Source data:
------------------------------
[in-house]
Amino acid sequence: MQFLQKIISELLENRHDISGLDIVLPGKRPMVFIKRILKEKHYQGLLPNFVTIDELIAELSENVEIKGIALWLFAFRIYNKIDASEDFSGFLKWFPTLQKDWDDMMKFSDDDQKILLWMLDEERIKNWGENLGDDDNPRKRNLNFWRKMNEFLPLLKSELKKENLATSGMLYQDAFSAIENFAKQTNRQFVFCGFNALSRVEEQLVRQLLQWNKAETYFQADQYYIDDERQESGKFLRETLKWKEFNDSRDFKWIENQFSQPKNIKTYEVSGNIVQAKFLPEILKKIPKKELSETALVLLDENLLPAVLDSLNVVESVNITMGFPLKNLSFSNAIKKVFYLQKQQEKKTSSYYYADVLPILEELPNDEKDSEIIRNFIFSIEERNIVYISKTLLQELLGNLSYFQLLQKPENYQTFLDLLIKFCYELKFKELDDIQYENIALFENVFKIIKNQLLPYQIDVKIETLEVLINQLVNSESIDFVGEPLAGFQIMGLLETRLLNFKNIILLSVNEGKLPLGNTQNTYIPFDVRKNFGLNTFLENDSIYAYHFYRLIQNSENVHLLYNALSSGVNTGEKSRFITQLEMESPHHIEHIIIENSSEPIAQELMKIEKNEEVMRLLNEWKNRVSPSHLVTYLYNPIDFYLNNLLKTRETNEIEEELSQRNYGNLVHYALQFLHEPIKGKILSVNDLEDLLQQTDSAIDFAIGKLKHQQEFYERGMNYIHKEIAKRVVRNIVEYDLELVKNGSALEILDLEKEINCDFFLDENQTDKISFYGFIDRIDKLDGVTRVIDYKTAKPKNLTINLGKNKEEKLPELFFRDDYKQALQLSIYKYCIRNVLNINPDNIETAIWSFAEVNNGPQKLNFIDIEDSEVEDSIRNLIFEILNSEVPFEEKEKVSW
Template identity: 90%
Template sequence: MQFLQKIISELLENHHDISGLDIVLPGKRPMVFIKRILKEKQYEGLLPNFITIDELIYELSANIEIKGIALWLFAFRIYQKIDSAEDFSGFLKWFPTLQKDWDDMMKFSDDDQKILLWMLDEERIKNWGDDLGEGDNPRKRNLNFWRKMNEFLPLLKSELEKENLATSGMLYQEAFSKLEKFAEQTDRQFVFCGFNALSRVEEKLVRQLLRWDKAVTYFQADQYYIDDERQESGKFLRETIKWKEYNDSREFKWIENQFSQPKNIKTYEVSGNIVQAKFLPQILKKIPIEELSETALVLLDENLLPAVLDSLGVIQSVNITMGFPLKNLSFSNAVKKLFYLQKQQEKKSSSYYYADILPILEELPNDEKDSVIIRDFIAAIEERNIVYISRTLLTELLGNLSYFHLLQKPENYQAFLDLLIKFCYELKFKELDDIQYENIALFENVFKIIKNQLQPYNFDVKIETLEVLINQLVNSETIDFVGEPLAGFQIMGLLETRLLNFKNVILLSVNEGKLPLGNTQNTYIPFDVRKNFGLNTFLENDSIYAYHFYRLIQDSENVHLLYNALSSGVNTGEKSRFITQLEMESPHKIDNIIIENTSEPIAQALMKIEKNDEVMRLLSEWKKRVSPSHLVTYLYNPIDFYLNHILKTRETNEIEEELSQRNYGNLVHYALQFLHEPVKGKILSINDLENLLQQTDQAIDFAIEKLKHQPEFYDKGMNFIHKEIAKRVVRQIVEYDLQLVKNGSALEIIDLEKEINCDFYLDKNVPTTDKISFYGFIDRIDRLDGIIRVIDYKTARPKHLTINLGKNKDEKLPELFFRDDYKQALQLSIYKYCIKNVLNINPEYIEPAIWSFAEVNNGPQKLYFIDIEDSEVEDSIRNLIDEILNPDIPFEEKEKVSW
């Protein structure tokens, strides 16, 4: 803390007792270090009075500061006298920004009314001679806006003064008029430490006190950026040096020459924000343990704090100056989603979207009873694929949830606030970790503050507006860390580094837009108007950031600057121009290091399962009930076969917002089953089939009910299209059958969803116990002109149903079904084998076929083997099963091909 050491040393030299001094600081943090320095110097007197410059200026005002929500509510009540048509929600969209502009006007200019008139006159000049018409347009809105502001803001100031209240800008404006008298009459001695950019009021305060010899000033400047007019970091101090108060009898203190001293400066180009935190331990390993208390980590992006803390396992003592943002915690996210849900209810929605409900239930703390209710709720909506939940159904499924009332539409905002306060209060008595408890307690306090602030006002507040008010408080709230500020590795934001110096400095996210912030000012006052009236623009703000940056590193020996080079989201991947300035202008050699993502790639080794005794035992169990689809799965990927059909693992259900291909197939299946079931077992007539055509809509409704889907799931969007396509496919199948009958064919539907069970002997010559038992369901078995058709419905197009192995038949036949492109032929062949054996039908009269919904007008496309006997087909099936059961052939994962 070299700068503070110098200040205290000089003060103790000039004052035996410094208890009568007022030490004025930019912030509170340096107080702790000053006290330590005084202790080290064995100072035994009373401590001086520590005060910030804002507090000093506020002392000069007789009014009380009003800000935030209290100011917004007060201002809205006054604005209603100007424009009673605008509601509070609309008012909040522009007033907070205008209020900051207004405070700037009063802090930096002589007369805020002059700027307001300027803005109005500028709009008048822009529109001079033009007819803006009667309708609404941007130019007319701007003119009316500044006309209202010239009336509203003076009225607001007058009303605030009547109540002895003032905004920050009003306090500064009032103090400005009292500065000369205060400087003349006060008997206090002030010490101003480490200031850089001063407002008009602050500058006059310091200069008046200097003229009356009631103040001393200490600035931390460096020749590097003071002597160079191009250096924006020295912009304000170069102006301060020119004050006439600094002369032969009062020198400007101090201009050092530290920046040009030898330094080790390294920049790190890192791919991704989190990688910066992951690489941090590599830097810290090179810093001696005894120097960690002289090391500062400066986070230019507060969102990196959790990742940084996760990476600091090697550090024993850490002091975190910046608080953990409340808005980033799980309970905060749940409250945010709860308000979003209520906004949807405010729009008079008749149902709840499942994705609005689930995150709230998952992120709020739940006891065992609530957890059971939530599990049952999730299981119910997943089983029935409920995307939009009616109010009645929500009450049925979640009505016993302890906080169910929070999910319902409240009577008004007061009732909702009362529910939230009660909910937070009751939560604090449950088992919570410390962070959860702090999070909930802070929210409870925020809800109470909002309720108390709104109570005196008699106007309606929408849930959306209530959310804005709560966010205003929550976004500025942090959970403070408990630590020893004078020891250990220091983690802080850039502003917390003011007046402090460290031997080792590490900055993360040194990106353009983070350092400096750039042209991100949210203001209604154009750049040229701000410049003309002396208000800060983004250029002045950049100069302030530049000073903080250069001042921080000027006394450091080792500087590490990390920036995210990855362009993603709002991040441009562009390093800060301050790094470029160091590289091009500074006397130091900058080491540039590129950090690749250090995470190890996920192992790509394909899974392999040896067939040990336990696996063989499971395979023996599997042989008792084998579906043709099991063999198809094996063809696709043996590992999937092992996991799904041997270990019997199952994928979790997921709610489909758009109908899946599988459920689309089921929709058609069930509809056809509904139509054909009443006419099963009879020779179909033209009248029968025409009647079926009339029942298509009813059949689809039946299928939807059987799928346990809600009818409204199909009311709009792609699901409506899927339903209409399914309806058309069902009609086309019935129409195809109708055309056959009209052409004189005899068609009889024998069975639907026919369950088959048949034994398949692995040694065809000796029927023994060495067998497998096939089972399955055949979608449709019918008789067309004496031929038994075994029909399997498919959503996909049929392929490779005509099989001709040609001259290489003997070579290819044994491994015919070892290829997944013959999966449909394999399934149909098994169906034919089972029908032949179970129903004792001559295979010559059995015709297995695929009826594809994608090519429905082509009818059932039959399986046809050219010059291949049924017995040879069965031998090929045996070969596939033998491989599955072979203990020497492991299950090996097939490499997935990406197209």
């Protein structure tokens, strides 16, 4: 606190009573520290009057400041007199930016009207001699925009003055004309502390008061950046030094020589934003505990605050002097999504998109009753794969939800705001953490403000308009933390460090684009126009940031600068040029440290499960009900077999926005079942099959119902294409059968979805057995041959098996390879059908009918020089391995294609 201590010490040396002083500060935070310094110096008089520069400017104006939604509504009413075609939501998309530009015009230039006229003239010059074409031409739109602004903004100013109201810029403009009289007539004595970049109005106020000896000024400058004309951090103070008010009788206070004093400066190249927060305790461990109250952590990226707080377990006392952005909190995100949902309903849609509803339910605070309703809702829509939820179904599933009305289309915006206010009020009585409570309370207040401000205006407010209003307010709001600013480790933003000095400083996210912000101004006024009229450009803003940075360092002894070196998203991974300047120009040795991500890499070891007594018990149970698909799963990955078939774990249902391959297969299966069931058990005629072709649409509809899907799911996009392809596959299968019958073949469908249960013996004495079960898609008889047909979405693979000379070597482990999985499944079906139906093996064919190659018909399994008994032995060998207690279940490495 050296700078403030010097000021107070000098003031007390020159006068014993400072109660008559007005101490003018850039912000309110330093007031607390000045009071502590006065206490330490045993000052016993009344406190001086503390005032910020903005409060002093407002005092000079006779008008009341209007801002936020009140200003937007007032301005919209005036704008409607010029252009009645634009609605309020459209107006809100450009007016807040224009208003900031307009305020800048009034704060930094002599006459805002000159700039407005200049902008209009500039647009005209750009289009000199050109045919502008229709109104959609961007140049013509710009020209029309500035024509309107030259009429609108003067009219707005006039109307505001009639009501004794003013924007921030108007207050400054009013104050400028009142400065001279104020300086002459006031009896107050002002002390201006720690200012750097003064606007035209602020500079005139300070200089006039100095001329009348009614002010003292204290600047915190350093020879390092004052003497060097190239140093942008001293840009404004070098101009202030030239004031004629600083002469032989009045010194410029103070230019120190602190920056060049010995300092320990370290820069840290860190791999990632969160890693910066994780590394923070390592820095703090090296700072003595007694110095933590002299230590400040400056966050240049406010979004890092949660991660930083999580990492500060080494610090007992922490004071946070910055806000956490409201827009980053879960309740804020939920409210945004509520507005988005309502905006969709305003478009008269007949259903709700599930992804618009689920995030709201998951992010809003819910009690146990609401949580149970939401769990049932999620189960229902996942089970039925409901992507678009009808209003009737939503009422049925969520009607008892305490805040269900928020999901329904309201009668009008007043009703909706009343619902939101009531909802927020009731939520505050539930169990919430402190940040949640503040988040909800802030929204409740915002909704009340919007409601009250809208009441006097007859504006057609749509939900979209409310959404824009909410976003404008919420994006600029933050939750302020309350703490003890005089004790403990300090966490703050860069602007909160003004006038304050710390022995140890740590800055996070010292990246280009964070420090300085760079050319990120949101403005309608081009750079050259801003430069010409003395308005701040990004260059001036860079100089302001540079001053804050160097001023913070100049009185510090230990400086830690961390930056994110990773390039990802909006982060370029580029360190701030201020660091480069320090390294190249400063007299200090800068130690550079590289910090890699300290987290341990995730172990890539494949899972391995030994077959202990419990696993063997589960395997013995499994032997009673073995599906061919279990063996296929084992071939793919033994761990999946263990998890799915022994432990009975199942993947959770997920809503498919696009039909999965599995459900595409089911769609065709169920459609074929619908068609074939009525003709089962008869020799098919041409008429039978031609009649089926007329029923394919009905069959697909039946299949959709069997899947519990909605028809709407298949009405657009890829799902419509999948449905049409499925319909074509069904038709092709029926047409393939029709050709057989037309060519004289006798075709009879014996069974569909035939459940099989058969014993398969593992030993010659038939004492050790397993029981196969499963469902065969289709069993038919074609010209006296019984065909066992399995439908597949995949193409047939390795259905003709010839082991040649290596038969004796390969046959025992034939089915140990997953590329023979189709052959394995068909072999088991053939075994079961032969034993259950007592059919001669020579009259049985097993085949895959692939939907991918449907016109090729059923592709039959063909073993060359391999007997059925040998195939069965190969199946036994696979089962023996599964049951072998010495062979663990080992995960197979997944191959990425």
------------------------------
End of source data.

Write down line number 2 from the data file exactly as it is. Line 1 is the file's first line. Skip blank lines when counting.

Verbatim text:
Amino acid sequence: MQFLQKIISELLENRHDISGLDIVLPGKRPMVFIKRILKEKHYQGLLPNFVTIDELIAELSENVEIKGIALWLFAFRIYNKIDASEDFSGFLKWFPTLQKDWDDMMKFSDDDQKILLWMLDEERIKNWGENLGDDDNPRKRNLNFWRKMNEFLPLLKSELKKENLATSGMLYQDAFSAIENFAKQTNRQFVFCGFNALSRVEEQLVRQLLQWNKAETYFQADQYYIDDERQESGKFLRETLKWKEFNDSRDFKWIENQFSQPKNIKTYEVSGNIVQAKFLPEILKKIPKKELSETALVLLDENLLPAVLDSLNVVESVNITMGFPLKNLSFSNAIKKVFYLQKQQEKKTSSYYYADVLPILEELPNDEKDSEIIRNFIFSIEERNIVYISKTLLQELLGNLSYFQLLQKPENYQTFLDLLIKFCYELKFKELDDIQYENIALFENVFKIIKNQLLPYQIDVKIETLEVLINQLVNSESIDFVGEPLAGFQIMGLLETRLLNFKNIILLSVNEGKLPLGNTQNTYIPFDVRKNFGLNTFLENDSIYAYHFYRLIQNSENVHLLYNALSSGVNTGEKSRFITQLEMESPHHIEHIIIENSSEPIAQELMKIEKNEEVMRLLNEWKNRVSPSHLVTYLYNPIDFYLNNLLKTRETNEIEEELSQRNYGNLVHYALQFLHEPIKGKILSVNDLEDLLQQTDSAIDFAIGKLKHQQEFYERGMNYIHKEIAKRVVRNIVEYDLELVKNGSALEILDLEKEINCDFFLDENQTDKISFYGFIDRIDKLDGVTRVIDYKTAKPKNLTINLGKNKEEKLPELFFRDDYKQALQLSIYKYCIRNVLNINPDNIETAIWSFAEVNNGPQKLNFIDIEDSEVEDSIRNLIFEILNSEVPFEEKEKVSW